web analytics


When I was a little girl about 5 years old my parents decided to get a new couch.  You would think that it would be an exciting for the household to get a new piece of furniture, but for the anxious child it was a literal nightmare.  I was so upset about this change that I was inconsolable.  My parents then decided that they would keep the couch but put it in the backyard.  So what did that little anxious child do?  Every day after school I would jump of the school bus and run into the backyard to check and see that the couch was still there.  Knowing it remained soothed my little jagged nerves and gave me peace once again.

As an adult I can reflect on this and see that my early days of trying to cope with a home environment that was unpredictable and chaotic manifested in trying to control my physical environment.  The anxiety I felt with change was overwhelming and I did what any 5  year old would do, cried uncontrollably and threw a fit.  My parents left that couch in the backyard for weeks, and my daily routine didn’t stray.  Then one day they decided that enough was enough and sent the couch to the dump.  I can’t remember how I reacted that day when I ran into the backyard to see if the couch was still there and it was gone.  Perhaps it was so devastating I have stricken it from memory, but what I do know is that my ability to let go of things has been a struggle for most of my life.

lifebyalicia.com | LEARNING TO LET GO

I am much better at recognizing when I am putting a strangle hold on my life, family, environment or whatever else I am trying to control when I’m anxious but it is still a daily practice of learning to let go.

Most recently I have been faced with a persons unpredictable, hurtful behavior and to add more insult to injury this person is now acting like everything is normal and pretending like they never did anything wrong.  This is causing me terrible anxiety and upset and I can feel my emotions trying to strangle hold things in an attempt to soothe myself.

Holding on to pain doesn’t fix anything. Replaying the past over and over again doesn’t change it, and wishing things were different doesn’t make it so. But how do we get to this point where we can let go and move on?

There are a few simple concepts that we can practice to help us hone the skill of letting go.

We must accept the person we are in this moment, and the way other people are, too.

  • We are all a work in progress, some of us are actively working towards betterment and others are not but we can’t change anyone other than ourselves.  Accepting ourselves in the moment for whatever we think and feel without judgement and accepting other people the way they are no matter how hurtful or unpredictable is a skill that will release us from our own torment.  This allows us to accept the situation as is and make a decision to not replay it in our minds over and over expecting something to change.  Practicing gratitude, appreciation, and trust in the process will help ease the negative thoughts and emotions that may arise as you try and accept unacceptable behavior.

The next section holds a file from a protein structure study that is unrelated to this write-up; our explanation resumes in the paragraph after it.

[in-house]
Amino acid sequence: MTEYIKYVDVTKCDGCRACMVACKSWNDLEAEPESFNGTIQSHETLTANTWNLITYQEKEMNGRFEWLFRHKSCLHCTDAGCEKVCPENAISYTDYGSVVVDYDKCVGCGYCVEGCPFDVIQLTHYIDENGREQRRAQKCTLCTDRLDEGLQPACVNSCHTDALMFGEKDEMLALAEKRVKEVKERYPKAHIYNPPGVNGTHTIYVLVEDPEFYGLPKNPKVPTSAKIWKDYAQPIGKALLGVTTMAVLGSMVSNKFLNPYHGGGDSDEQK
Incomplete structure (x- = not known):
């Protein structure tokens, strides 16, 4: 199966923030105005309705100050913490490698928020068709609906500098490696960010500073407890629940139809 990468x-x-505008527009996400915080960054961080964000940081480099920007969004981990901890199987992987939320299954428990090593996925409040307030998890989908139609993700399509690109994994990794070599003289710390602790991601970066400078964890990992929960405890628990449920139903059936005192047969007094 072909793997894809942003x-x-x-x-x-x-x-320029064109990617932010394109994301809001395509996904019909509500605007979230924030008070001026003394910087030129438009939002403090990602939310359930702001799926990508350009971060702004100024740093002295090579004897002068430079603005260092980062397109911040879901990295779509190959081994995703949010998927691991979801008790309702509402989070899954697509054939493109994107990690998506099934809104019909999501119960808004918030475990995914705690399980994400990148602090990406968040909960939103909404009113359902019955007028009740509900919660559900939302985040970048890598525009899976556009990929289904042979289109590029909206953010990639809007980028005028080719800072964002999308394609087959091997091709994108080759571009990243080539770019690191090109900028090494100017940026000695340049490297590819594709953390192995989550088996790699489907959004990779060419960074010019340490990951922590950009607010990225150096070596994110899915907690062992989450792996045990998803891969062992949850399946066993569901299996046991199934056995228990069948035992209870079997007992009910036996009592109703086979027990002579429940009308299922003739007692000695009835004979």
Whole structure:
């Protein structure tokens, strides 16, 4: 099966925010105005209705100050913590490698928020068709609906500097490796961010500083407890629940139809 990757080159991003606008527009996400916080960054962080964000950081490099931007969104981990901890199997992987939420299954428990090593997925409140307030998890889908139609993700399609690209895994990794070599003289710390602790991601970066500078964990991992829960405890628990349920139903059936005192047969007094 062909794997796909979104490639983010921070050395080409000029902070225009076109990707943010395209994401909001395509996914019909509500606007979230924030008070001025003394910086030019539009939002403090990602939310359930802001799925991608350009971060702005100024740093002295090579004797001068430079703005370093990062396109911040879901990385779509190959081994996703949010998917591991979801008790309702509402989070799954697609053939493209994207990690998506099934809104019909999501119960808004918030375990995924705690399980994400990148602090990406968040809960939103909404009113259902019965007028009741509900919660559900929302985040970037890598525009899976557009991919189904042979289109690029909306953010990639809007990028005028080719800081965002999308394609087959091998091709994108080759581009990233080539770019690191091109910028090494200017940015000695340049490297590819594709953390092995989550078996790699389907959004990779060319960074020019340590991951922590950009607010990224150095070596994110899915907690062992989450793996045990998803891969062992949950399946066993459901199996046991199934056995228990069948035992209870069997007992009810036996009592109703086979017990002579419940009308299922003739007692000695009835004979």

When our expectations or needs aren’t met, we need to respond rationally and appropriately.

  • When we become invested in an outcome when dealing with other people we can often become disappointed.  This is because our expectations often exceed the other persons capabilities.  There are no guarantees in life, and there’s nothing we can really do to get the outcomes we desire when dealing with others. Responding with setting boundaries or letting go is the best route.

Only worry about what you think of yourself.

  • What other people think of you is none of your business.  If you set boundaries what other people think about that is none of your business. If you voice your own truth it is none of your business what other people think about it as long as its making you happy. If you let go of a relationship or friendship it is none of your business what that person thinks about it.  Free yourself from being concerned about what other people think about you. Prioritize how you feel about yourself and let go of the rest.

Do you have a different concept that help you move towards letting go? Share it in the comments below.


Author: Alicia

Wife & Mama to a blended family of 3 boys, down to earth & easygoing. Perpetually working towards a holistic lifestyle, living my life like a spiritual gangster and all the while creating balanced chaos. Obsessed with sharing my passions in lifestyle, spiritualism, moon love, planners, wellness, body positivity, nutrition and more.

1 thought on “LEARNING TO LET GO

  1. Teresa Sowell says:

    Stumbled onto this by accident while looking at discbound notebooks. Glad I did! You’ve touched on many important points that I am trying to achieve, not worrying about what others think, and letting go to become a better me. I still find it difficult to balance being a caring person, concerned about others without worrying how I am perceived by them. Thanks for the reminders!


Leave a Reply

Your email address will not be published. Required fields are marked *

error: Content is protected !!